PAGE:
Eating our way across Quebec : Plessisville to Victoriaville
We trekked along through the beautiful morning, relatively carefree and enjoying the peaceful, pastoral, countryside. For a small stretch we noticed multicolored scarves tied to trees and fence posts along the trail, but we weren't sure what their meaning was - perhaps a reminder of the missing or murdered Indigenous women and girls?
Today began in the very best way possible - with a delicious breakfast of strong, hot coffee and warm crepes filled with fresh bananas, strawberries, and Nutella at L'Ouefrier. I apologize for the lack of a photo, but after spending several hours this morning writing and catching up on other work, the phone's battery needed time to recharge while we went for breakfast. I leave you to imagine the warm, buttery, delicious French feast of perfection for your yourself.
Thus fortified, we set out into a gorgeous sunny morning, heading back through town to the trail. We picked it up again at the beautifully landscaped Halte Sommerset (named after the town's original moniker) which had benches, a metal sculpture of a cyclist in action, and a restored CN railway carriage.
As we followed the paved pathway through the tiny linear park we stopped to read one of the interpretive signs, which provided a history of Forano, or the 'Plessisville Foundry.' It was incorporated in 1882, and gradually expanded its operations throughout Quebec, British Columbia, and the State of Georgia, becoming well known around the world for its expertise in manufacturing forestry equipment, agricultural machinery, and mining machinery.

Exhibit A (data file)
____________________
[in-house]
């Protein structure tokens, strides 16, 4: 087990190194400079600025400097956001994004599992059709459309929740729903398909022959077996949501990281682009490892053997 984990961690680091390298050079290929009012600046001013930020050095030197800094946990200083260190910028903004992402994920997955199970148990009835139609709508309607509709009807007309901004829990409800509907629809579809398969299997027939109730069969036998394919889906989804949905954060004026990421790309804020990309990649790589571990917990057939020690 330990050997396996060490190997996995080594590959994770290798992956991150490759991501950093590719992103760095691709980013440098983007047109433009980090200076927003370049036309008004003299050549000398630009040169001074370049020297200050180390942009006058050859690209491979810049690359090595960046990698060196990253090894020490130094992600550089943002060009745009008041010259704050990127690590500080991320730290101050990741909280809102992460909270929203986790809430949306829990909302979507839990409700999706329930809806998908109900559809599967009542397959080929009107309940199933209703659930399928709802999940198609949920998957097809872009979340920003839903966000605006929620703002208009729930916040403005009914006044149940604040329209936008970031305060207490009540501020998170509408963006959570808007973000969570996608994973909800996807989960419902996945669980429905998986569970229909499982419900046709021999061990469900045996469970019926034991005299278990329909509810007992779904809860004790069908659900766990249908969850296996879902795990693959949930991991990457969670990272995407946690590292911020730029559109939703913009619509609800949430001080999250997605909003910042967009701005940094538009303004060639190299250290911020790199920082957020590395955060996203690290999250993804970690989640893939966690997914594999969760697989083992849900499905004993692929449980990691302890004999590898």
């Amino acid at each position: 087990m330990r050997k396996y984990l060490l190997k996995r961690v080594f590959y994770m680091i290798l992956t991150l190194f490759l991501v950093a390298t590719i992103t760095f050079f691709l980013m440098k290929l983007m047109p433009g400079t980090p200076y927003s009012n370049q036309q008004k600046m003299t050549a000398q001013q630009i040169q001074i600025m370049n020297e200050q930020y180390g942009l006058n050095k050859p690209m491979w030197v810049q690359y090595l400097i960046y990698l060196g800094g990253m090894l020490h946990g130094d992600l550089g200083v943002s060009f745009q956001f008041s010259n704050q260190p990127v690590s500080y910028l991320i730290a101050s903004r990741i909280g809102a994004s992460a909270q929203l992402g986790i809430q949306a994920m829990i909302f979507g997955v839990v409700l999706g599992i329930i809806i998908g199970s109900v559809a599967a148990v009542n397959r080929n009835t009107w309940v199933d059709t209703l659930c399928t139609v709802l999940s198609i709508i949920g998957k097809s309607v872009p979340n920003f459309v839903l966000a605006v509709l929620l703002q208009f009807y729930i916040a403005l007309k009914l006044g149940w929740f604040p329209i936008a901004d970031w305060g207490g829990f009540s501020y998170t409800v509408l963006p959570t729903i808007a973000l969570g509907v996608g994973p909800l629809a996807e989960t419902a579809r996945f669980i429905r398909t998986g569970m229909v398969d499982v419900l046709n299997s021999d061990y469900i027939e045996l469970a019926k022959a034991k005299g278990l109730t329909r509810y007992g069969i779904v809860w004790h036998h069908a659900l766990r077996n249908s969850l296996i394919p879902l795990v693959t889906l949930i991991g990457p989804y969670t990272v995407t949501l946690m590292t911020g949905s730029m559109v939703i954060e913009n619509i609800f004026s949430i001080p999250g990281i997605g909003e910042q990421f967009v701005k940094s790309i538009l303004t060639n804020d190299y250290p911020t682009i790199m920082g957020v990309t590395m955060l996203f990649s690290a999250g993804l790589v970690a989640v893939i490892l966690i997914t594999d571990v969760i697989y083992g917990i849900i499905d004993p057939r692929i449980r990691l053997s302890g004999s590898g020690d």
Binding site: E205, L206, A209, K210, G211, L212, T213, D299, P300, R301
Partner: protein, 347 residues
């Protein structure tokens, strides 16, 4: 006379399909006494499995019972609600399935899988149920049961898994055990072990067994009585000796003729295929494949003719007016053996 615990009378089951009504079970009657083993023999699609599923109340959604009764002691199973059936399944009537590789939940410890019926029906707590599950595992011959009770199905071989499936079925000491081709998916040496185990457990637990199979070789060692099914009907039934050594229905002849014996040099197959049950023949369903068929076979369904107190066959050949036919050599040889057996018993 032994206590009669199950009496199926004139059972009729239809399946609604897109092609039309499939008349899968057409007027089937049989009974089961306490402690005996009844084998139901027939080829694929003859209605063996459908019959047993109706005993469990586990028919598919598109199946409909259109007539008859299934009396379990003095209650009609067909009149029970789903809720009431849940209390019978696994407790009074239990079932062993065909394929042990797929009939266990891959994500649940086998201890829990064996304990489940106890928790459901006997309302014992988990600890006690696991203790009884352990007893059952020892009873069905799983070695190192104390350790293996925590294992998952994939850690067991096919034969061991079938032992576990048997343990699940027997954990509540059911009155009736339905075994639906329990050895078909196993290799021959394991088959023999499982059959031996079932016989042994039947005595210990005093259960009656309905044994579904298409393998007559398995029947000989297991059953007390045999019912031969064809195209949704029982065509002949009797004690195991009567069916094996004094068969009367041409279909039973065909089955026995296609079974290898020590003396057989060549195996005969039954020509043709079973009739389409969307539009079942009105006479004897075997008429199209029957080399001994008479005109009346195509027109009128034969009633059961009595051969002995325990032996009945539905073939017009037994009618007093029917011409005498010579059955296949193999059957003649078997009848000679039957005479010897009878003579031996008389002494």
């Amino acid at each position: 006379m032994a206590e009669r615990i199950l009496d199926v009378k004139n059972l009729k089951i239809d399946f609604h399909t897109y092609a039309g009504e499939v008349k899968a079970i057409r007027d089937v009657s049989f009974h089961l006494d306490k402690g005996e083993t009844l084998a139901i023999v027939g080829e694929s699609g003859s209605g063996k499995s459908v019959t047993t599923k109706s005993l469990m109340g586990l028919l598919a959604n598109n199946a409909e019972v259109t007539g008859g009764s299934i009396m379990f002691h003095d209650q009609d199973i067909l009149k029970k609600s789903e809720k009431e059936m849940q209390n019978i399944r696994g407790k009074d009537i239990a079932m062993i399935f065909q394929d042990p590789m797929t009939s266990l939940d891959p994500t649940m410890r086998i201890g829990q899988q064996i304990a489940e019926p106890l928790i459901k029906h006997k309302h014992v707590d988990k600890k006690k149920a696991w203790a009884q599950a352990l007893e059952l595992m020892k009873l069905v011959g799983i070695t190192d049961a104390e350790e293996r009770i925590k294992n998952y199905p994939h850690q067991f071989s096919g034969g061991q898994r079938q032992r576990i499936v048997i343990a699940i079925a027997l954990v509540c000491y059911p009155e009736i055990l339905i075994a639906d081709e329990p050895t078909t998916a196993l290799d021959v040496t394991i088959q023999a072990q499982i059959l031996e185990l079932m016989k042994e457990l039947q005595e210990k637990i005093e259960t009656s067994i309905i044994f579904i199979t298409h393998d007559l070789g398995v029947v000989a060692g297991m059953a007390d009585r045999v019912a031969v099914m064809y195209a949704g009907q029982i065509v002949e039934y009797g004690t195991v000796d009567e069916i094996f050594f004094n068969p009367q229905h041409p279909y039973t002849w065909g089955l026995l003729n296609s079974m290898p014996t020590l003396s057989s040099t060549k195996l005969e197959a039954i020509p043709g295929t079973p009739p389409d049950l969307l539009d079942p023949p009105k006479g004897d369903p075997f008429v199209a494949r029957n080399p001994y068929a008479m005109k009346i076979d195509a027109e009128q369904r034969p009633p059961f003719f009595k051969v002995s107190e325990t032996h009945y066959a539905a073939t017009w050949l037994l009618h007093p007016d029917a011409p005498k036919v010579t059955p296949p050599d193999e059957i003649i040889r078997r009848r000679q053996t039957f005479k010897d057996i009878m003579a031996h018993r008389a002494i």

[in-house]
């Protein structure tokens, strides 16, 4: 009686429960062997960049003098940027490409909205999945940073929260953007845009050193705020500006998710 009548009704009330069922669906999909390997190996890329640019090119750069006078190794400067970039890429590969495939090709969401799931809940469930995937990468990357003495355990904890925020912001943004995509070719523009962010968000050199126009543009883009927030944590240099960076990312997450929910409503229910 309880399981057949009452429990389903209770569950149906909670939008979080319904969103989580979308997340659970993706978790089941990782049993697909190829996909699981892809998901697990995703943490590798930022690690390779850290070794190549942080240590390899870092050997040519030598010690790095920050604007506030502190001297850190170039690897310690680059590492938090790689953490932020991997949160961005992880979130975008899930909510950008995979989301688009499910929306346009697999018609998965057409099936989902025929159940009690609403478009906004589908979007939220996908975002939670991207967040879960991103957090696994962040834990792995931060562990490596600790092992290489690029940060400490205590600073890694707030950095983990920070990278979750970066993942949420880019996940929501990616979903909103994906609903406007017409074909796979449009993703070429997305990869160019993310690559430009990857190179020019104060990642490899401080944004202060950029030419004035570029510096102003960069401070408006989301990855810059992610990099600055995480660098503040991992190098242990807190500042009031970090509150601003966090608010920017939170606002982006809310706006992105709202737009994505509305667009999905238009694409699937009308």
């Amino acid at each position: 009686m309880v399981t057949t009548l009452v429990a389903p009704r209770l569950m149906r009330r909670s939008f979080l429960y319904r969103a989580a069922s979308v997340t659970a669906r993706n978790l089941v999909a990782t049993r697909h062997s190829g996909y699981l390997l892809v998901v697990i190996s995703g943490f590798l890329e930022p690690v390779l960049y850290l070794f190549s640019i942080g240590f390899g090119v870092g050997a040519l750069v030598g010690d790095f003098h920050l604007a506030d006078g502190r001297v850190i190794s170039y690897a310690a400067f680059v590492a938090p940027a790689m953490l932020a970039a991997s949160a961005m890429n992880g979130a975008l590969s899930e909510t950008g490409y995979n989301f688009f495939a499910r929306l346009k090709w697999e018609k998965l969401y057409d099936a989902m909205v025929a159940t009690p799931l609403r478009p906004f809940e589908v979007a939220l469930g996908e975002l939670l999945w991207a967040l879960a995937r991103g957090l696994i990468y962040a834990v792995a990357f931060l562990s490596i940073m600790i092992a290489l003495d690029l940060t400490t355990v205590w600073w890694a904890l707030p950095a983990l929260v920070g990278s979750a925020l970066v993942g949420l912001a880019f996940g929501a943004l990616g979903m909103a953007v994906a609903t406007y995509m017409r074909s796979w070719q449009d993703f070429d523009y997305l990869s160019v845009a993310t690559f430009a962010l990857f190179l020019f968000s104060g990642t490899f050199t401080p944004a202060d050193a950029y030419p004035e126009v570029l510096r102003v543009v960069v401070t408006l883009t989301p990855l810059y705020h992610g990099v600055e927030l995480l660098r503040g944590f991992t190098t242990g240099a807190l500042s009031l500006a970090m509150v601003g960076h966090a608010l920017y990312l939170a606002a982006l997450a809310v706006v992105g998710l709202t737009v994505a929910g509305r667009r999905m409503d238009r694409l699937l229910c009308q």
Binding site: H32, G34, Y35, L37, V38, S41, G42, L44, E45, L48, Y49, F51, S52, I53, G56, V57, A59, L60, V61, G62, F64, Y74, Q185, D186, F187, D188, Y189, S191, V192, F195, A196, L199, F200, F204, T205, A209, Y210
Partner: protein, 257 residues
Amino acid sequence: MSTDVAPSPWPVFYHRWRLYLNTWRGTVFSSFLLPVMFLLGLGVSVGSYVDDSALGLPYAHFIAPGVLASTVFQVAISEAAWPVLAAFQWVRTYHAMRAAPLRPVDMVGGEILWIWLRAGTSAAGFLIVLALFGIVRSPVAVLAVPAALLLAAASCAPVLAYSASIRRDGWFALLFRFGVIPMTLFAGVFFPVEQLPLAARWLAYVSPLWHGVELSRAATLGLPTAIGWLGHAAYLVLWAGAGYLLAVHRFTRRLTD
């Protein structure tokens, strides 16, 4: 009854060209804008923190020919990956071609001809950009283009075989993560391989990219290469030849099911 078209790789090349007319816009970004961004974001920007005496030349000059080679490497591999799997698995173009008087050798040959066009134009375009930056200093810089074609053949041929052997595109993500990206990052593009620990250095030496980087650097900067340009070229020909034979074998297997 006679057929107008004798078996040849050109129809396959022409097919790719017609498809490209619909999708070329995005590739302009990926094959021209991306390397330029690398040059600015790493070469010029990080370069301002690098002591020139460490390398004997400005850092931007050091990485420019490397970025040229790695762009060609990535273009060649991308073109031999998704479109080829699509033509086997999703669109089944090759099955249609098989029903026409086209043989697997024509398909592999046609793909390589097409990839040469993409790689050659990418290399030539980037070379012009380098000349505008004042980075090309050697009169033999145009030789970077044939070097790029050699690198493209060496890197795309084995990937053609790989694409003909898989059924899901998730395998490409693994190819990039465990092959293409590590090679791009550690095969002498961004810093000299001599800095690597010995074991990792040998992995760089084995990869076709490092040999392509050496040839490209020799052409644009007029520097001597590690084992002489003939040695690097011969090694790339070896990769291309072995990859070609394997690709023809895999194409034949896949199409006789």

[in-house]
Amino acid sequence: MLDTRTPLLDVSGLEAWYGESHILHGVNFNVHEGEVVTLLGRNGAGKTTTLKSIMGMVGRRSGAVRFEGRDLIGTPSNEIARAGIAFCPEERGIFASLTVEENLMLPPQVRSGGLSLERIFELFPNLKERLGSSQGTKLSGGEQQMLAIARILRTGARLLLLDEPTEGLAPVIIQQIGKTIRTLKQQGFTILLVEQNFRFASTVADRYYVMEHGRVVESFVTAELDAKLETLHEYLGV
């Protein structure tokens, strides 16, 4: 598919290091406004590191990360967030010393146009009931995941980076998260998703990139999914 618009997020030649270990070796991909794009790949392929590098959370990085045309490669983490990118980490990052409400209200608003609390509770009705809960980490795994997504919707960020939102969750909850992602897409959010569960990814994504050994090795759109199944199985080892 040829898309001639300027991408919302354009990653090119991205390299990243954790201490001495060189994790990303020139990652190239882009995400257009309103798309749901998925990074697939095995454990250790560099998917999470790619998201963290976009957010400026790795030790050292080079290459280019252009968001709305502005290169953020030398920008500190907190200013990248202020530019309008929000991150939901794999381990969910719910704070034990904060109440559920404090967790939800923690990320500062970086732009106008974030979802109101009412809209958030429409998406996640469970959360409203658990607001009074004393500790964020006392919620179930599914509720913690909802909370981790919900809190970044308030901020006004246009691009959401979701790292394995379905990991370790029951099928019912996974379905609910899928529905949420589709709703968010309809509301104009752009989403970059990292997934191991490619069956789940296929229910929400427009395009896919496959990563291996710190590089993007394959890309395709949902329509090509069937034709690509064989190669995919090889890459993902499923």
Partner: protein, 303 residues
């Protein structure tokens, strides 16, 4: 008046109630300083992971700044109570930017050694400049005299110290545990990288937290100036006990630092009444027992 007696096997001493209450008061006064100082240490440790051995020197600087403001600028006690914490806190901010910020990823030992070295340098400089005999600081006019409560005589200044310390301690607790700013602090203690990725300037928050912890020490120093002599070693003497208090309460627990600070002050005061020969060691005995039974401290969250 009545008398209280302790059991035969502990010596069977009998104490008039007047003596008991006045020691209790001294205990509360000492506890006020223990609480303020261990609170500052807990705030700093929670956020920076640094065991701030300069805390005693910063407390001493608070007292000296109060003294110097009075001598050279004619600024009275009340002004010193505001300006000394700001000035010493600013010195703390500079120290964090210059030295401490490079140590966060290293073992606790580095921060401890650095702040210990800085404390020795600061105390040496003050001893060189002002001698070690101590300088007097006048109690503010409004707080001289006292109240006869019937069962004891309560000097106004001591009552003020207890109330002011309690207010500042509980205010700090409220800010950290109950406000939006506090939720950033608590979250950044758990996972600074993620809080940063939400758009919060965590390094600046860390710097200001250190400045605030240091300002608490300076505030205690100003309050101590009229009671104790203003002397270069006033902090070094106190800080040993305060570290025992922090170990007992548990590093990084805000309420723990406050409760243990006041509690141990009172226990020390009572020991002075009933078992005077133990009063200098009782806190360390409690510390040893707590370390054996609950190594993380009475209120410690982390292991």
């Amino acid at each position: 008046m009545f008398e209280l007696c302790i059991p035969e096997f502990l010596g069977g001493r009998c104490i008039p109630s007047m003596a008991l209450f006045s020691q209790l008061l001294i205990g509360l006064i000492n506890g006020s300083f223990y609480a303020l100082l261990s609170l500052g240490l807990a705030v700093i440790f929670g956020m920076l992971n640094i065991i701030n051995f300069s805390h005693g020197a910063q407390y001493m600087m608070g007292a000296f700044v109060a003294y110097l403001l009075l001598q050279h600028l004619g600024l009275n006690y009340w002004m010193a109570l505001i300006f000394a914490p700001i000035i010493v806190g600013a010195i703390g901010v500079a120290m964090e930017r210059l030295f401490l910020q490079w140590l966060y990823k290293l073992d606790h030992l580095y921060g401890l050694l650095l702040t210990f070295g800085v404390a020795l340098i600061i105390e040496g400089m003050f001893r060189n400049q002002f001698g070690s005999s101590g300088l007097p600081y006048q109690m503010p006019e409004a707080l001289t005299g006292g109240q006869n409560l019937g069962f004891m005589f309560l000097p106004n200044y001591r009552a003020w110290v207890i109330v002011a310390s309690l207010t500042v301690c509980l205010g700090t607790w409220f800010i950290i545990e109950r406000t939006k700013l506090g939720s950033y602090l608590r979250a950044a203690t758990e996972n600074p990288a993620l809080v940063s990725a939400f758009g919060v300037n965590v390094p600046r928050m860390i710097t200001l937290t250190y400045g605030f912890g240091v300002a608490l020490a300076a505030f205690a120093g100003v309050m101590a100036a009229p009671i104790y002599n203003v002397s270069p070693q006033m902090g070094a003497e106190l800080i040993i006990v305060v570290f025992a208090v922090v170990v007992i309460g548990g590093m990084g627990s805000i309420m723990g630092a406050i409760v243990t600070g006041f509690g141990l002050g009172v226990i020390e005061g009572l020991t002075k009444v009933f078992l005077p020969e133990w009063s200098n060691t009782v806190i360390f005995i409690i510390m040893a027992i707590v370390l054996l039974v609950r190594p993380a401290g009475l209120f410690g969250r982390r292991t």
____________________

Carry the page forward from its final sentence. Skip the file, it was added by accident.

At the edge of town the pavement gave way to a crushed stone dust pathway once again, and we were surrounded by a corridor of yellow, orange, and red sugar maples that were set ablaze in the strong, warm, sunshine. Although it feels like we are walking only a few steps ahead of the maintenance crews who are closing the trail for the season, there were a lot of people out enjoying the gorgeous fall weather. We exchanged friendly smiles with people of all ages, including young mothers pushing baby carriages, people out jogging, and a retired gentleman in an electric scooter. We've noticed a lot of older folks out riding electric scooters on the trails in Quebec, which is a really encouraging sign that they are truly accessible.
Other small things along the trail also caught our eye, like the fuzzy black and brown woolly-bear caterpillars hurrying across the trail bed, and the clumps of juicy, ripe, red berries hanging from the bushes. At one point we spotted what we thought were a few Common Grackles talking quietly to each other in the bushes, but when we approached a whole flock of them took to the air in a great unexpected 'whoosh!' A short distance later two Ruffed Grouse erupted out of the shrubs in another great kerfuffle.